National Computer Security Day originated in 1988 after ARPANET (the internet before the internet) was attacked and resulted in 10% of connected computers being breached, and is ‘celebrated’ each year on November 30th. This year, it just so happens to fall the day after Cyber Monday, a day created in 2005 to encourage people to shop online. While one of these days highlights the importance of cybersecurity, and the other, to some, represents a shopping spree. These two successive ‘holidays’ together highlight the growing importance of identity governance and security.
In 2020, it was estimated that US shoppers spent $10.8 billion on Cyber Monday, and early estimates for 2021 are showing around $11.3 billion. While the boon in sales is clearly positive for retailers and manufacturers, the flood of shoppers rushing to enter credit card information, billing addresses, and more, creates opportunities for attackers and work for IT and security teams. Also worth noting is that computers have evolved quite a bit since the first National Computer Security Day, and phones are now targeted by attackers at increasing rates in ‘smishing’ attacks. Online shoppers also need to be on the lookout for potential email scams, as the number of phishing emails surges in November, as attackers look to capitalize on people’s eagerness for a deal with advanced attacks coming via real-looking incoming messages.
For retailers hosting Cyber Monday deals, as shoppers buy things there is an influx of payment data which is sent to servers or virtual machines. The host organization must secure and process all this data; accordingly, there is no timeout even when data is increasing at astronomical rates. Common “tips” for online shoppers every year include only shopping with “trusted retailers,” and as the general population becomes privier to the cybersecurity reputations of businesses they shop with, making sure you stay off the naughty list can be the difference between record sales and being left out in the cold. Setting up strong identity governance to ensure that only the right types of users have access to data can help provide a foundation of trust that shoppers will look to in years to come. However, having solutions in place that can scale the massive amounts of data being processed and stored can be trickier, so selecting vendors that can provide flexible deployment options without breaking the bank is important to keep up and stay afloat.
Further, the threats of Cyber Monday no longer just apply to retail businesses. As noted on DarkReading, “Consumer devices are often used for business reasons and may have access to the corporate network, making attacks against mobile users problematic. Any mobile device that is compromised could leak sensitive business intelligence or allow access to the business’ internal network.” This also places added pressure on organizations to make sure that they are securing their entire workforces, and the data they require access to. It stands to reason that attackers are going after consumers as a way of breaking into the network of where they shop, but it also means they are leveraging newly gained trusted access to breach the network of where the identity works. While National Computer Security Day also highlights the need for individuals to become more aware of their online identities and how they store data online, it should also raise flags for the connected computers inside of any business. Here’s three tips that businesses can heed, especially as attacks ramp up as they always do around the holidays:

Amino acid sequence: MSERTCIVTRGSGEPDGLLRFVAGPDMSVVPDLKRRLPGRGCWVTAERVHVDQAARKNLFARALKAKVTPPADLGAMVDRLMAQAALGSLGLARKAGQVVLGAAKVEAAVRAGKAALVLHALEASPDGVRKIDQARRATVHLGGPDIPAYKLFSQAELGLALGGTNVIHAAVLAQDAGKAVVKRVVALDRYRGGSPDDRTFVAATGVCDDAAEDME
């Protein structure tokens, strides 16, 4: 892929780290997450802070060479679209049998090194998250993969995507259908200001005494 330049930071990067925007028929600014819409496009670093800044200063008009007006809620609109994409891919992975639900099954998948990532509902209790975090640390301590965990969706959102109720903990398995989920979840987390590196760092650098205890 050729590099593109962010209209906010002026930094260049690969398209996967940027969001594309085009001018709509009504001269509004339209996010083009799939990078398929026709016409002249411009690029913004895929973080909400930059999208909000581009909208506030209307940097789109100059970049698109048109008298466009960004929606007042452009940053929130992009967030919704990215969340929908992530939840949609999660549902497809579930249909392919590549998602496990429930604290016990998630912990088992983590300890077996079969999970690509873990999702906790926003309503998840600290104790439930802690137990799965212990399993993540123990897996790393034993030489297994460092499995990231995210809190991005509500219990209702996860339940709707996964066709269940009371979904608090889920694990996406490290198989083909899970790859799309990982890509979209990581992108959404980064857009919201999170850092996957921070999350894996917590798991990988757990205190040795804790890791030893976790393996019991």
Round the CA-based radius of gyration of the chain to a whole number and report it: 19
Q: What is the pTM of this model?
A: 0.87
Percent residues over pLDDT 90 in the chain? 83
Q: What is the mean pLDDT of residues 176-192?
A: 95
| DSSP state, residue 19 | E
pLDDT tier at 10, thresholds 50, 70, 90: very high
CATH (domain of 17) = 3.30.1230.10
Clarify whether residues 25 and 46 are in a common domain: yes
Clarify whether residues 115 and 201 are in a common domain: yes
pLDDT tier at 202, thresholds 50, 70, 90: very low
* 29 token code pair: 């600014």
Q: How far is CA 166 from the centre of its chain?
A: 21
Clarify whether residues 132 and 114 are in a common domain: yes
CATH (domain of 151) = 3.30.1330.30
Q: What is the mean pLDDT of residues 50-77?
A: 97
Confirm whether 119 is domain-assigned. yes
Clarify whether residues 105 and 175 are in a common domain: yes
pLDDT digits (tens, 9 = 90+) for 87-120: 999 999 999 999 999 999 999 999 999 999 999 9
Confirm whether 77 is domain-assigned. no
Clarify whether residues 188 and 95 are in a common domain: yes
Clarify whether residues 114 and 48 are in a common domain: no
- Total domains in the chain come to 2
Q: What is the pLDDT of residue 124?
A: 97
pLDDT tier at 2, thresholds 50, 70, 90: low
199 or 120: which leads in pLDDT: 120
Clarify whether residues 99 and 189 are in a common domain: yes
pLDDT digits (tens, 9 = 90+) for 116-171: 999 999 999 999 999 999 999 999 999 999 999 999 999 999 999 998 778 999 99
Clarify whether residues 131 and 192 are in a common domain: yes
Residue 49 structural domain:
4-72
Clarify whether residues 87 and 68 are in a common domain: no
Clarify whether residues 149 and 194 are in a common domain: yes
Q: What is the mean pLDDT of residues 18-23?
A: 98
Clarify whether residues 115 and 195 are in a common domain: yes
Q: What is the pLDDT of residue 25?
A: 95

1. Identify who has access to what. This is relatively straightforward, in order to ensure that you stay safe around the holidays, having a continuous understanding of who has access to what is critical to maintaining order. This includes not only employees, but third-party contractors, auditors, interns, and everyone in between.
2. Enable your workforce with secure access. After getting the lay of the land, cutting down on unnecessary permissions can ensure that only the right people are accessing the right resources. This helps to enforce that only trusted and verified identities are maintaining customer payment information, and other critical data.
3. Set up controls to identify anomalies. It’s unfortunately inevitable that the perimeter will be breached, it then becomes a matter of what you do to minimize the damage. Having controls and policies in place to be able to suspend access, or otherwise take action if an anomalous activity is occurring helps teams prioritize action items they should take, which is especially important amidst the influx of activities around the holidays.
While there is no one-size-fits-all solution, the tacit acknowledgement of events like National Computer Security Day show that we are all on the right path towards proper identity security and minimizing damage of attacks. Check out Omada IdentityPROCESS+ for a framework which describes the most important processes needed to ensure a successful IGA deployment. The framework has been developed with the goal of supporting successful IGA projects and has been created to help organizations implement well proven best practice processes.